We are taught in college journalism classes and internships that the cardinal sin of this profession is to suggest any personal biases in our writing -- or our lives. We are inundated with lectures on media ethics that tell us not to donate to political campaigns, not to affiliate with social protests or even nonprofit organizations, and above all, to never forget the importance of opposing perspectives in our stories. The idea being that everything we've sacrificed pays off when our work is published and the greater population becomes "informed" or "enlightened." We're society's martyrs, and make no mistake, we love to brag about the integrity of our chosen profession.
But sometimes, despite my unwavering enthusiasm for the principles of journalism, I get tired of making sacrifices. Recent political happenings and Supreme Court decisions have inspired visceral reactions in me that I can only express in the comfort of my apartment or Facebook -- and that's only because I operate under a different name online. But sometimes, although I am chained to the bipartisanship that is reporting, I can't help but feel the need to contribute my opinion. Which is that the impending Supreme Court's decision on the constitutionality of the Affordable Care Act had better go President Obama's way.
I've been lucky enough to take courses at Boston University regarding the sociology of health care and medical anthropology, and I have two parents who work for the Center for Medicare and Medicaid Services in Baltimore. Like many of my peers, journalists or otherwise, I have come to the realization that the United States is a prime example of how the privatization of health care can wreak social and economic havoc. Those who can afford health insurance oftentimes don't get what they should, and those who can't afford it don't get are forced to ignore their medical problems -- or foot astronomical bills. In other industrialized countries like Canada, GDP spending is significantly lower, while access to services is more widespread. In other words, they've got it right.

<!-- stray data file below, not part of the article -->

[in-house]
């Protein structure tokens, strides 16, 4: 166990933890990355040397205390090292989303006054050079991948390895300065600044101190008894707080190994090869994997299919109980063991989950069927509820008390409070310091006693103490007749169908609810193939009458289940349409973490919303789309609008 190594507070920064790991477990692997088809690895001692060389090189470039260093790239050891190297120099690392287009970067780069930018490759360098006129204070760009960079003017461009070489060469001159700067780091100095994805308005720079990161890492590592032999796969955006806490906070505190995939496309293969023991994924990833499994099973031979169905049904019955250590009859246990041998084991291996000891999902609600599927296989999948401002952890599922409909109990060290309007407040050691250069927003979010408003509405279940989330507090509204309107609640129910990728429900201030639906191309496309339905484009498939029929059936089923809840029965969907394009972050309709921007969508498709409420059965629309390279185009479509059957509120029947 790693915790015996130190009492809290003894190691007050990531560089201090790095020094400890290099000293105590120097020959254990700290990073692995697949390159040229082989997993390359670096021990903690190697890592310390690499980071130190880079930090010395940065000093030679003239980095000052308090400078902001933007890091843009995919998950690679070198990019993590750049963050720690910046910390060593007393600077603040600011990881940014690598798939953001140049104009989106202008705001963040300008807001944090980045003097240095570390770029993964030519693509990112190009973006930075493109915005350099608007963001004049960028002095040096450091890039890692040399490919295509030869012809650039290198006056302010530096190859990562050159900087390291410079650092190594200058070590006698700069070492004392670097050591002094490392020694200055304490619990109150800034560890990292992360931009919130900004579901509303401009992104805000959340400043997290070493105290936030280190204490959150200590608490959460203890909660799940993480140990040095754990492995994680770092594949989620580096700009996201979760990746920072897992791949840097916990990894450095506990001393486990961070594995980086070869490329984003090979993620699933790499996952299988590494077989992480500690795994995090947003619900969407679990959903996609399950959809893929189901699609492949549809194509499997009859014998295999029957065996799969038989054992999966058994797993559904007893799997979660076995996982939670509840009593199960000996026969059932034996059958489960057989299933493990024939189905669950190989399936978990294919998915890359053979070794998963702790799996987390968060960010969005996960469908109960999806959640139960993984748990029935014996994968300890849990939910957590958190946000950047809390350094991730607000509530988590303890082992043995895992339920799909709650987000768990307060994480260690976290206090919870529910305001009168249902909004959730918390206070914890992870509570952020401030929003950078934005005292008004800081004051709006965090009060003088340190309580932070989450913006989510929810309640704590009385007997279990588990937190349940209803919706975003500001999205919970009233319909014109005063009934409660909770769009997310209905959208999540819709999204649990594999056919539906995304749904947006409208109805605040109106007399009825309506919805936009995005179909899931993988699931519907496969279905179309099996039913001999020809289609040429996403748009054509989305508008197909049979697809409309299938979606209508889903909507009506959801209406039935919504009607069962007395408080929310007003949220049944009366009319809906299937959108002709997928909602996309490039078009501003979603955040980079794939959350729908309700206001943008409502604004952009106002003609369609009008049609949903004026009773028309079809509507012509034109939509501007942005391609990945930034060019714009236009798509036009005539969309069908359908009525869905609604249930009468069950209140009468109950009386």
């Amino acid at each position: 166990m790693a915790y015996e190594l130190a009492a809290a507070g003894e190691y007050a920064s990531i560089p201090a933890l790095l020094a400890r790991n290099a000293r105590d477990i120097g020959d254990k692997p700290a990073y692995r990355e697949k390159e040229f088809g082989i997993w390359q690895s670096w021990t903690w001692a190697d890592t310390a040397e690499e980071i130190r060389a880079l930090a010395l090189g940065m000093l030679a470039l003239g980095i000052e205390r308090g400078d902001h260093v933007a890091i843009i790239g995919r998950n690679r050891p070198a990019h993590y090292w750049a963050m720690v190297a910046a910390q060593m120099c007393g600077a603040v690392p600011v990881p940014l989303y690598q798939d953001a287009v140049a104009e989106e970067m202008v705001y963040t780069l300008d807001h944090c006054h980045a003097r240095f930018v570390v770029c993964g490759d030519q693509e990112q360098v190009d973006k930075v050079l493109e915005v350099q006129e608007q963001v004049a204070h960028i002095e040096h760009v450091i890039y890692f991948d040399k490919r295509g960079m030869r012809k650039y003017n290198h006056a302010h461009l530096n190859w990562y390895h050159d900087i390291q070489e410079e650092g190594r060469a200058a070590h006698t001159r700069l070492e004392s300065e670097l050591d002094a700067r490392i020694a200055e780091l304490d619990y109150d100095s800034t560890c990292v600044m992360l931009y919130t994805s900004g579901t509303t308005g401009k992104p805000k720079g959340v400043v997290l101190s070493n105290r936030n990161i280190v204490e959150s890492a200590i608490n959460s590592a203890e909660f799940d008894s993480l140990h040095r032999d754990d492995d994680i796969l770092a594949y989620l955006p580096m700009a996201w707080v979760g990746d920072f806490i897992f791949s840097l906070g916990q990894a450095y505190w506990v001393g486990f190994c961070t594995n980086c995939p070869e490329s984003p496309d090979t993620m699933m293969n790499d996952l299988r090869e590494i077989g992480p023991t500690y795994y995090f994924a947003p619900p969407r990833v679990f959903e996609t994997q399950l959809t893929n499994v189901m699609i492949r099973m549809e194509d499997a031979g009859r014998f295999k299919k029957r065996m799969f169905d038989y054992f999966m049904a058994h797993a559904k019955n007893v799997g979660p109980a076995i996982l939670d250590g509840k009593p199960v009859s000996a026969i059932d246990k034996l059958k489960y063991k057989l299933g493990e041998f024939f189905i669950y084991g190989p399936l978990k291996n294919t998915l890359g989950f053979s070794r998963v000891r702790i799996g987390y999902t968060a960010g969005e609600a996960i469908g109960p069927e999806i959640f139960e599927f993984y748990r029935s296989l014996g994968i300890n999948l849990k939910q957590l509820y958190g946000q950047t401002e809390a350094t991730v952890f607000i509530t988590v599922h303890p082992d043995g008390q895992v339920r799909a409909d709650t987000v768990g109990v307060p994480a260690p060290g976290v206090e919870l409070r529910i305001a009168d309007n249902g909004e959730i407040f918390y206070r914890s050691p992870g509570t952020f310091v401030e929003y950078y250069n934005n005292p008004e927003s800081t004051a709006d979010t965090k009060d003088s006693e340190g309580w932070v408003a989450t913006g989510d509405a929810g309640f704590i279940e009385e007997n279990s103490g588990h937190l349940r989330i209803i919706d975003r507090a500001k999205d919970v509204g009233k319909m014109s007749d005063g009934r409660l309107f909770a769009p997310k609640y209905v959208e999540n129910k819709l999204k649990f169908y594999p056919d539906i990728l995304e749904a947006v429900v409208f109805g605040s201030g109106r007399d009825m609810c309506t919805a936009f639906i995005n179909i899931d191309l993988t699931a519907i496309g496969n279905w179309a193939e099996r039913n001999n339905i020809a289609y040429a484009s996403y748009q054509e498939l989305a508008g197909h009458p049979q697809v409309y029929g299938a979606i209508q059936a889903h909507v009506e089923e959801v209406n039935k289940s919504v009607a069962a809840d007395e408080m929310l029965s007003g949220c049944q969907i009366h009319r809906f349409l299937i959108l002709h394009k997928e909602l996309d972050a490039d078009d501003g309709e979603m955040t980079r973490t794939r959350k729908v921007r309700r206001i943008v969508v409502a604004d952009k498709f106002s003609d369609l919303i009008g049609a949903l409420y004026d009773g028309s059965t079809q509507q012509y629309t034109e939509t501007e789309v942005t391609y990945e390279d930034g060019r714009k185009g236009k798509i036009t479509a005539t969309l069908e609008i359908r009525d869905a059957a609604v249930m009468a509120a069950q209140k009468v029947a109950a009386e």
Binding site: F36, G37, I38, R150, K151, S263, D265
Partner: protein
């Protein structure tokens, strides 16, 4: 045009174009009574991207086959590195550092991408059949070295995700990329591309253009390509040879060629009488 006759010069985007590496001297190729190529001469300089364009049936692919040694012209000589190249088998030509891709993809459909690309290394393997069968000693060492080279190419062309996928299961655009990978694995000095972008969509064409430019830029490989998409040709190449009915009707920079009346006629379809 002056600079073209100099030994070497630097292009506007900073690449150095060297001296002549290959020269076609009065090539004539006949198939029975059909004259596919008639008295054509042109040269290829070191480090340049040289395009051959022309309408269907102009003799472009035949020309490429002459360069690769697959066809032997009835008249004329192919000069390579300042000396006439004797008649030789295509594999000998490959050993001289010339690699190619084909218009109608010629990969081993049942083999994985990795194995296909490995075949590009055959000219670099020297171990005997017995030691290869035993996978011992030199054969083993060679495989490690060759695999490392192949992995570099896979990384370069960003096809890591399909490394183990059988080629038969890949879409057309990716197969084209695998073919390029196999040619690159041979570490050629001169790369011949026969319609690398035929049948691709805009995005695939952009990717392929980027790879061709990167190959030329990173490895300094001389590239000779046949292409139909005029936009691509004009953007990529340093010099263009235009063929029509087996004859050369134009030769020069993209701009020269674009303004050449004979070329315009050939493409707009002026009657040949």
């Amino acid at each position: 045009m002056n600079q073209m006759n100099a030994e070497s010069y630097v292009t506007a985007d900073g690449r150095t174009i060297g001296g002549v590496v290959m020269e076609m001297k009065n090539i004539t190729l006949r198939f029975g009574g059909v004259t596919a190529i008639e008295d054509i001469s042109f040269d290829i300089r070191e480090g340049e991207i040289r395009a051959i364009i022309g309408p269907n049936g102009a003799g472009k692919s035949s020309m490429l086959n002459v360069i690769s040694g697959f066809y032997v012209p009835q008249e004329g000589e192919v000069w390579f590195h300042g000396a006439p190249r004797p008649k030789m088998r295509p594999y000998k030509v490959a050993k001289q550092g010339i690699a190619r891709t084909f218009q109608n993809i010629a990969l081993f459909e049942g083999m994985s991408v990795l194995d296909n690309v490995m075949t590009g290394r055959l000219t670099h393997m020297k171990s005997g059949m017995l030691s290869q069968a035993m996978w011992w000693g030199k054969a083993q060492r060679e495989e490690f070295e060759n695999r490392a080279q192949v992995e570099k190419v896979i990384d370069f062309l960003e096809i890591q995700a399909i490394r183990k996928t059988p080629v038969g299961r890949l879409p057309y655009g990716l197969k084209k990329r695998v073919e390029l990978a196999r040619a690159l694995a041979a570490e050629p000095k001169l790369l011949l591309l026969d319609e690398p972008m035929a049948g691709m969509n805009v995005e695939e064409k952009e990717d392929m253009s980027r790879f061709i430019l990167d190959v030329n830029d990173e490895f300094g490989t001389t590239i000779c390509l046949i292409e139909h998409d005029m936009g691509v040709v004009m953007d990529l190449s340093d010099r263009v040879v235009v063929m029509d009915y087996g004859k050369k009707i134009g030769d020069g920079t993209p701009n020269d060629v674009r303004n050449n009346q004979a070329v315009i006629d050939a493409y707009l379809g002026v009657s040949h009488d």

Our health care system is in shambles, and while some may call Obama's proposed solution a manifestation of his "socialist values," I call it an attempt to reinstate medical care as a fundamental right. As opposed to a mechanism through which greedy private insurance companies acquire millions and billions of dollars in profit at the expense of people with pre-existing conditions. Something that my father, who battled non-Hodgkin's lymphoma years ago, might have to worry about come Thursday morning.
The vast majority of people who enter the journalism field have idealistic values similar to mine, especially in relation to the idea that our government should be held responsible for its flaws and injustices. We grew up reading about Bob Woodward and Carl Bernstein, who brought the executive branch down on its knees, and the countless Vietnam War reporters who exposed the controversial communist conflict for what it was. The potential of a favorable AFA ruling from the Supreme Court appeals to my conception of our government, which has many responsibilities to its constituents -- above all, to keep them healthy.
Yes, we journalists have a responsibility to deliver news in a way that encourages our readers to think for themselves. But like our more vocal counterparts, we, too, succumb to our convictions. My willingness to publicize my support of the AFA may not be a savvy career move, but I welcome the backlash. Such a monumental law, especially when it has been enacted to expand Constitutional principles of health and happiness, merits support. Even from a scribe like myself.